Case studies on websitesNovember 30, 2011 8:51 am Website Development, Website Strategy
This week has witnessed a tale of three companies, each of which had a differing attitude towards case studies on websites.
The first is a client company who, through being busy, didn’t get round to creating case studies to go on their website. However, we eventually got their commitment to create case studies related to a particular service they offered.
The difference was highly noticeable. From a service page without case studies to a service page with 3 case studies and a link to more, the change was a significant increase in enquiries gained about that particular service. The exact words of the client were: “we can see now that you were right and we’re now going to dedicate more time to creating case studies for our other services”.
Result: a client that will see business continue to grow, through showing potential customers not just what they can do, but what they have done for other customers. Who cares whether a company ‘can’ make widgets? What people care about are the widgets that have been made for people and how great those widgets were.
The second example is a relatively new client, a company that is well established and is always busy, but has an eye to the future (and so wants to develop the website further). For over 2 months now I’ve been trying to get case studies from the client but them being busy has stopped that from happening. There is no doubt that within no time of them having such case studies live on the website, that website visitors will be enquiring at a higher rate.
But time is the enemy and because only they know their subject well enough, it’s hard to get anyone else to create the case studies.
So I’m going to see them next week, having got commitment to a couple of hours within which we will do nothing but create case studies. Them talking about the jobs done, and me creating the case studies. Painful? Yes. Necessary? Yes.
The final example is a conversation with a previous client from years ago. They now want to move their website forwards and before ‘signing up’ want an idea of what Custwin would be doing and what would be expected of them. It’s very clear that they need a raft of case studies related to the products they’re selling BUT they have yet to be convinced that it’s worthwhile them investing time in it. I’ve said that I’d be willing to sit with them and create case studies but even before that being accepted, they still need to be convinced case studies are needed (even though to me it’s blatantly obvious).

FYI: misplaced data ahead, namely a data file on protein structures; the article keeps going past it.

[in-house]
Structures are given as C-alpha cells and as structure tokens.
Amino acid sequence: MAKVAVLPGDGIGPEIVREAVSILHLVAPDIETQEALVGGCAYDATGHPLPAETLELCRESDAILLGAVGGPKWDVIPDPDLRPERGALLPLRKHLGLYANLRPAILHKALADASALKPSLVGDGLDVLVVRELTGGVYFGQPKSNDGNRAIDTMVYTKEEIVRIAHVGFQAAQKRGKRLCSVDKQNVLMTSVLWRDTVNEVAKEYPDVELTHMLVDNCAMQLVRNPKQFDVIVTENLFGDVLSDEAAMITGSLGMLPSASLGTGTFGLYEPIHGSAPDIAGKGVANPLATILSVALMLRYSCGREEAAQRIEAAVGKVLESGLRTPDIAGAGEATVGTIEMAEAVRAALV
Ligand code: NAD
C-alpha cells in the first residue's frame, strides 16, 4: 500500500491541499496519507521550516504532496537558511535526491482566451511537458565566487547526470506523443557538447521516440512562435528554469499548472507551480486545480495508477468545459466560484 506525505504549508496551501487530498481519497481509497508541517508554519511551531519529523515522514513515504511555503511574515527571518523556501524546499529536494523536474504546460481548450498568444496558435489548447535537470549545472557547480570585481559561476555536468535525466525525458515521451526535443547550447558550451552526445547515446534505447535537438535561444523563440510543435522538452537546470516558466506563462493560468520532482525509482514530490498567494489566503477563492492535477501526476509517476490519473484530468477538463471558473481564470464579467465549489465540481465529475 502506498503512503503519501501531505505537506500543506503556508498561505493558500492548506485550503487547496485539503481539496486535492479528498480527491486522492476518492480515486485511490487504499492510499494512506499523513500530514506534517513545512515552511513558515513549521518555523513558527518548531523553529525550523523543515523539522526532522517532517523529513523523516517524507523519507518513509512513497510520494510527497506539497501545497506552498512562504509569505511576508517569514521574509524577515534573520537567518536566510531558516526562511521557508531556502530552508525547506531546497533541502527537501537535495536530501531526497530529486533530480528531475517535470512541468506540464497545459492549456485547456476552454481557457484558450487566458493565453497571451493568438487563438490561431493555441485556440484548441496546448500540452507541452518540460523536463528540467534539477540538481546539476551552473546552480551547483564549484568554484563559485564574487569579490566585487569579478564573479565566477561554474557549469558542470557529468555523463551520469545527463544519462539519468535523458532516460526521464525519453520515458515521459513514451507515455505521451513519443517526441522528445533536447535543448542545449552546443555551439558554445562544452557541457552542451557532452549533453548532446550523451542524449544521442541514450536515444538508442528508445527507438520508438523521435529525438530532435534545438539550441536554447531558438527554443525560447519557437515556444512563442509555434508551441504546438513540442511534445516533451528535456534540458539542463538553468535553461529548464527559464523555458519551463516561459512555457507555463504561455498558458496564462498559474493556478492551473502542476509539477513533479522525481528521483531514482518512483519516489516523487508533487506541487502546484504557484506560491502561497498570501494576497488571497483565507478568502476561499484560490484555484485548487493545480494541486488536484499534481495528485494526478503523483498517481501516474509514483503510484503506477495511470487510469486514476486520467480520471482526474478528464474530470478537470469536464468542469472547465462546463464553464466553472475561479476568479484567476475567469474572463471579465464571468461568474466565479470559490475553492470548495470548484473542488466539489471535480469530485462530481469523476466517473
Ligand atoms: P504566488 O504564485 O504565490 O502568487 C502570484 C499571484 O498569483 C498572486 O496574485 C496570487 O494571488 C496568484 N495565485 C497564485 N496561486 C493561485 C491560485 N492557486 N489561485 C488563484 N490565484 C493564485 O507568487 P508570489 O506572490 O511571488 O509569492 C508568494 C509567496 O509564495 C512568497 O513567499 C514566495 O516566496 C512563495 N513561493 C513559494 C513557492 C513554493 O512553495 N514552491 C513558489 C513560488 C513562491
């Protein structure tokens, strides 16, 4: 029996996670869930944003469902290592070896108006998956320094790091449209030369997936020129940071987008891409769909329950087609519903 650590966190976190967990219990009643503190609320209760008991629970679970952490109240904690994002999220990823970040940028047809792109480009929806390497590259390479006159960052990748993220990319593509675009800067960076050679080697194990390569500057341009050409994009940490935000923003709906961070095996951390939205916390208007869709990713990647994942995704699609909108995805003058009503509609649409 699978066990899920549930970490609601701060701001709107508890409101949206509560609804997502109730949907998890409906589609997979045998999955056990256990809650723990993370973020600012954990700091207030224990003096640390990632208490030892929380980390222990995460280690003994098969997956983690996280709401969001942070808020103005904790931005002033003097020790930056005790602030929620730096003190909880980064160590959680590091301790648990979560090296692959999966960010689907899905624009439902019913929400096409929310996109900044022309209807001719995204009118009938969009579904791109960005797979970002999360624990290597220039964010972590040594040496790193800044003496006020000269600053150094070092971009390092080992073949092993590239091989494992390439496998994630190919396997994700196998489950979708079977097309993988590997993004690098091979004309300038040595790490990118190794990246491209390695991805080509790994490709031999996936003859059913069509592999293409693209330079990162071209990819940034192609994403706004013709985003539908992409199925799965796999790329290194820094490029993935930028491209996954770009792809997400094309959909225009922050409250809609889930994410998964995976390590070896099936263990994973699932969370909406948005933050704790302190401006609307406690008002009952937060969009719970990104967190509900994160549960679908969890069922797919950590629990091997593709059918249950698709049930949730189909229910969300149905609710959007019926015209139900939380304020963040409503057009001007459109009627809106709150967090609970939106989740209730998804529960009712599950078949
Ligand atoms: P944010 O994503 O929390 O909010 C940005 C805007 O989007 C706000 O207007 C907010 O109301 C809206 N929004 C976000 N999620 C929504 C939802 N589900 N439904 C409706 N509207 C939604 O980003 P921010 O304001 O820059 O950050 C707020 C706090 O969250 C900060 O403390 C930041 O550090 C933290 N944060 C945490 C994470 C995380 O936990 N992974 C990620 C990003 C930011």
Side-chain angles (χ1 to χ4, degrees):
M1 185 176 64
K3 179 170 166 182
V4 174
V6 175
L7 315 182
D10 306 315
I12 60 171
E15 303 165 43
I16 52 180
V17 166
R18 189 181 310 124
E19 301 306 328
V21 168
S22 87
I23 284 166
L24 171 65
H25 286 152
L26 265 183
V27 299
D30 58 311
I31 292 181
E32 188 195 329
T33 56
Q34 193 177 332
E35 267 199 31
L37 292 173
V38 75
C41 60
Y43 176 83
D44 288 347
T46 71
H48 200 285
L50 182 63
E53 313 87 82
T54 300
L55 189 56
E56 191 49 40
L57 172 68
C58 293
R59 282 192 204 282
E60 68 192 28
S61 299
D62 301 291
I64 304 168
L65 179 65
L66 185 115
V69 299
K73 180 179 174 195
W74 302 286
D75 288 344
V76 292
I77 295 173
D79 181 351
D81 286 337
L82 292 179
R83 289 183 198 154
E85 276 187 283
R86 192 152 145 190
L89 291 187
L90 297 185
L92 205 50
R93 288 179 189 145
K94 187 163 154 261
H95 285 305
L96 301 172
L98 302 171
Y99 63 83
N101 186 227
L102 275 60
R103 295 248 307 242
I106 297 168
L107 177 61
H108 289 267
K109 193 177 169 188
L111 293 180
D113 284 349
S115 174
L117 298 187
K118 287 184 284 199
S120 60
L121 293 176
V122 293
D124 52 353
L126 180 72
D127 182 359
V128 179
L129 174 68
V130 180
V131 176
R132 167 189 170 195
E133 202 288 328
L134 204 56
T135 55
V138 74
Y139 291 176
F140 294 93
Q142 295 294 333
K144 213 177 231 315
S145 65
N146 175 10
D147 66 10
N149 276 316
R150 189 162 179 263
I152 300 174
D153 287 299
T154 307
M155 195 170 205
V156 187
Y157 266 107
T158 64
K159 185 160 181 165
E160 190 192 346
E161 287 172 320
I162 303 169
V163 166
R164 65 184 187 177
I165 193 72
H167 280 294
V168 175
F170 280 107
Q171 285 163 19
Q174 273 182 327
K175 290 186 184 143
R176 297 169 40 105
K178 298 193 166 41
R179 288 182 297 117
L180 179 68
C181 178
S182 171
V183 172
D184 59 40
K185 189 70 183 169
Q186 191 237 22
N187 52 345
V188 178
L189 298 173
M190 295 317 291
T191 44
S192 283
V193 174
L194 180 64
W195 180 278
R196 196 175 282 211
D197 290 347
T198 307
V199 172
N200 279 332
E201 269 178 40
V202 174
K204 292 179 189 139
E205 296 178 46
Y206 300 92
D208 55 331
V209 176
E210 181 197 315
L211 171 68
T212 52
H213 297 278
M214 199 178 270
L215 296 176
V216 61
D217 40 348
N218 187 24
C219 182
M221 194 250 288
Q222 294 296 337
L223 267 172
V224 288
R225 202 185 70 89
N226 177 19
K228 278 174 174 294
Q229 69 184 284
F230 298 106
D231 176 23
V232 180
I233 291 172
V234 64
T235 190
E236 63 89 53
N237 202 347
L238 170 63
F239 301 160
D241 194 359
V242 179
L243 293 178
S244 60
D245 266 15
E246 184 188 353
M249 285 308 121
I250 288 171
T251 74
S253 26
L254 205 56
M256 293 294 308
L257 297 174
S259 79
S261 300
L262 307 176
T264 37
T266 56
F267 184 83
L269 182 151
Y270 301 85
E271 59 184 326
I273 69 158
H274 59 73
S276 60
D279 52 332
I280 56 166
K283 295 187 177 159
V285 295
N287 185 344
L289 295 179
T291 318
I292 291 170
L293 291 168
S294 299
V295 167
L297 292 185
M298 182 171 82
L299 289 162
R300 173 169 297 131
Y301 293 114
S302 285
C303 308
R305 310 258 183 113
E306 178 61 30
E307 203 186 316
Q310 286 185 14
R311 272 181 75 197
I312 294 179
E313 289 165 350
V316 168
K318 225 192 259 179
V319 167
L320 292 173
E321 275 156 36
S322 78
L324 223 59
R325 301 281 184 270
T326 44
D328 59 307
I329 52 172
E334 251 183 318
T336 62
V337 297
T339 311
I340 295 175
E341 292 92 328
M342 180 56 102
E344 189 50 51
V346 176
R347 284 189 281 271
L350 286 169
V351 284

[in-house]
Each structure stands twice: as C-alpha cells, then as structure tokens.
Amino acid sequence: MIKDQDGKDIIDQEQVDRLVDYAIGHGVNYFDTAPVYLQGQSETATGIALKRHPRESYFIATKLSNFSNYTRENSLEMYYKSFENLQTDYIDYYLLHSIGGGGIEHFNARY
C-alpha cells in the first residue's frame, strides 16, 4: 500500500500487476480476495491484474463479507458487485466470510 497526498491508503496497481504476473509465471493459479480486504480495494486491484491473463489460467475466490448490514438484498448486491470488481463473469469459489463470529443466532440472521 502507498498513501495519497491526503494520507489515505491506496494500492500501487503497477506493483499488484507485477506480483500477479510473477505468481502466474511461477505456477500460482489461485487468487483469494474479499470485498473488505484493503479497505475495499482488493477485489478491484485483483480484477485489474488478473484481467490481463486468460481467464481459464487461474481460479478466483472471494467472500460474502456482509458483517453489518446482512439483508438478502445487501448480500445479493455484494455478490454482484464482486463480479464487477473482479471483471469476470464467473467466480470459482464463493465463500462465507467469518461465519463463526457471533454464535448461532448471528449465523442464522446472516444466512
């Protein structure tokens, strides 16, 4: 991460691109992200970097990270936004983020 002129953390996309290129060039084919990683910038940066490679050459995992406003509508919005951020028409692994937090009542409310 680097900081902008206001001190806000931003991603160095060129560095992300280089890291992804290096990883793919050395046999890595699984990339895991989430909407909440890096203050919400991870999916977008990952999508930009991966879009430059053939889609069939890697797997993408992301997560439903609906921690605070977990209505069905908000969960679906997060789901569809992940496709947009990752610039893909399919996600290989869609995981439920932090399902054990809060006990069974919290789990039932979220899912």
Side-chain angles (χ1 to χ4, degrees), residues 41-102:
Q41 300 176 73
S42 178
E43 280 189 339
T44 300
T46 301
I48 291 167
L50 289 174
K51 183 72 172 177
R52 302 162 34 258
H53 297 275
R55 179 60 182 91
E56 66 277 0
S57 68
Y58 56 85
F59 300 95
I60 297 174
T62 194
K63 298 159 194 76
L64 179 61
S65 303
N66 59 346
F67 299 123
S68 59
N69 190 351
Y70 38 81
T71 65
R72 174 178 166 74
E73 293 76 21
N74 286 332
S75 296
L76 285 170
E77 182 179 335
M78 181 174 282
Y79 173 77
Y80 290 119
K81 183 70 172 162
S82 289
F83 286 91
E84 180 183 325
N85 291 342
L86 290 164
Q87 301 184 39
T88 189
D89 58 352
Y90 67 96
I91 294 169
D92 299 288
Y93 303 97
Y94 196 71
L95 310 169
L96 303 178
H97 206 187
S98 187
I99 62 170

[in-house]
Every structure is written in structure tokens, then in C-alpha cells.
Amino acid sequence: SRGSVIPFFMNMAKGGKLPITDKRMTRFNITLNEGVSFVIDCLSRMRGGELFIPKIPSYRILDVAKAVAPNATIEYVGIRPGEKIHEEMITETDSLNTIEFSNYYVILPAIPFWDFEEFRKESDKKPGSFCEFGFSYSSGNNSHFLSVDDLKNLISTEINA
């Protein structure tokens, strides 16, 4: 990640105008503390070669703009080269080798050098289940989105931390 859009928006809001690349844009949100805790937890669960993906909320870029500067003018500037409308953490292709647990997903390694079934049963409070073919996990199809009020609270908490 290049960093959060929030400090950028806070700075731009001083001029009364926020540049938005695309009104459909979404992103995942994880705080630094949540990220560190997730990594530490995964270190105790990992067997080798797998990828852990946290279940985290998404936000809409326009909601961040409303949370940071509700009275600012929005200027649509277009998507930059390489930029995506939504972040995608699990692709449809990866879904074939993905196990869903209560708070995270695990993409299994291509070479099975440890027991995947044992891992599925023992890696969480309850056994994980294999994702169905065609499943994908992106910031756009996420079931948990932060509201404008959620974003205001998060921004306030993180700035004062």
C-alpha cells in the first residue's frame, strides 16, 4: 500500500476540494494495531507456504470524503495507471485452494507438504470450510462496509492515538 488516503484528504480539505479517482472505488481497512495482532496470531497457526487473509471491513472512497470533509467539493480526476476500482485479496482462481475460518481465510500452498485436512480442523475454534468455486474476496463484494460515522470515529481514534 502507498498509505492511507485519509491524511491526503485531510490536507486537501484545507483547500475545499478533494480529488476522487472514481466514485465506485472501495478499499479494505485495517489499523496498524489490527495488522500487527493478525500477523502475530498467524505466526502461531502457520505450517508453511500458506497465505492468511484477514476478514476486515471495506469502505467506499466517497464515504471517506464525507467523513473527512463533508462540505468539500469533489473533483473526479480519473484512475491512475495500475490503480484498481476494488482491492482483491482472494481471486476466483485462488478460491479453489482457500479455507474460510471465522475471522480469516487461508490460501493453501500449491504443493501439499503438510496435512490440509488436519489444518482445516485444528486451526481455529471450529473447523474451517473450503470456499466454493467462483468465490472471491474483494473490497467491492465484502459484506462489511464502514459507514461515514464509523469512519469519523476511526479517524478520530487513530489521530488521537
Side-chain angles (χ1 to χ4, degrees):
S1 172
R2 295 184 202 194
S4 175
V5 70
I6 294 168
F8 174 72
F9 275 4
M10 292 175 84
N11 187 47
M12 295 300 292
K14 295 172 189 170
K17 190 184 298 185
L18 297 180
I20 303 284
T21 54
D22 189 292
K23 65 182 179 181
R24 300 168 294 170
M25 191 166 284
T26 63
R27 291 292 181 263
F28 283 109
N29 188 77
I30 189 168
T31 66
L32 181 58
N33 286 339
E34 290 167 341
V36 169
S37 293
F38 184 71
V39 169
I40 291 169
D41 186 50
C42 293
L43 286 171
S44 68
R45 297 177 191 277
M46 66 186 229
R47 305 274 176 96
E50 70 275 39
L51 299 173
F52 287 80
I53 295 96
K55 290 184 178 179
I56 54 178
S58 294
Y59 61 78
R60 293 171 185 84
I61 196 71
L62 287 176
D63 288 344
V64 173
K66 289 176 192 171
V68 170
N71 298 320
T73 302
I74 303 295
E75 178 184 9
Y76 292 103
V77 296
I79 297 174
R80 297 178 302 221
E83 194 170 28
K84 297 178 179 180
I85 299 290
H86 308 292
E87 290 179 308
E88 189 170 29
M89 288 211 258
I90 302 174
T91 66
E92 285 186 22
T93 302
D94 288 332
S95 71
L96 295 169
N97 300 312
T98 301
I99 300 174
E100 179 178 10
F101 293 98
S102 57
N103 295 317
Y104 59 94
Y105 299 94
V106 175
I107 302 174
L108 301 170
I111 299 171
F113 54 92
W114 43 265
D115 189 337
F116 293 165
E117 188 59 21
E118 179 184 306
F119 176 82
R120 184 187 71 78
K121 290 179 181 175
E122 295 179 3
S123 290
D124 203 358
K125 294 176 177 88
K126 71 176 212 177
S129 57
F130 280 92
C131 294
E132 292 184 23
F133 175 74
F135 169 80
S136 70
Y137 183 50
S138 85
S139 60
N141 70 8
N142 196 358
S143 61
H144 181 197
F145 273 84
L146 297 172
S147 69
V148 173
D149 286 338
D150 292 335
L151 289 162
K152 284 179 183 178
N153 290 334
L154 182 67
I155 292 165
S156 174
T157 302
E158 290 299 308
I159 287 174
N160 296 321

This is where website statistics come into play because there’s simple maths that can be applied:
- Take the number of website visitors in the month.
- Subtract those website visitors that don’t appear to be ‘useful’.
- Compare that number to the number of enquiries gained in the month.
All the time that the enquiries to ‘useful visitors’ ratio is too low then it shouts out that the website needs to be strengthened (in this case, starting with case studies).
We’ll see where that goes but I’m hoping that the previous trust built up with the client company will result in a dedication to at least measure what’s currently being achieved from the website, before then pushing forwards through the creation of case studies.
Not convinced yet that you need lots of case studies on your website?
So, one week and three different viewpoints on whether case studies are important within websites. If you don’t have any, or much, in the way of case studies on your website then the recommendation is to take some time out and create just a handful that can then be made live on your website. Then track the people who look at those case studies and see how much of a difference it makes to enquiry levels. Once convinced that case studies on websites are important then build them up higher and higher.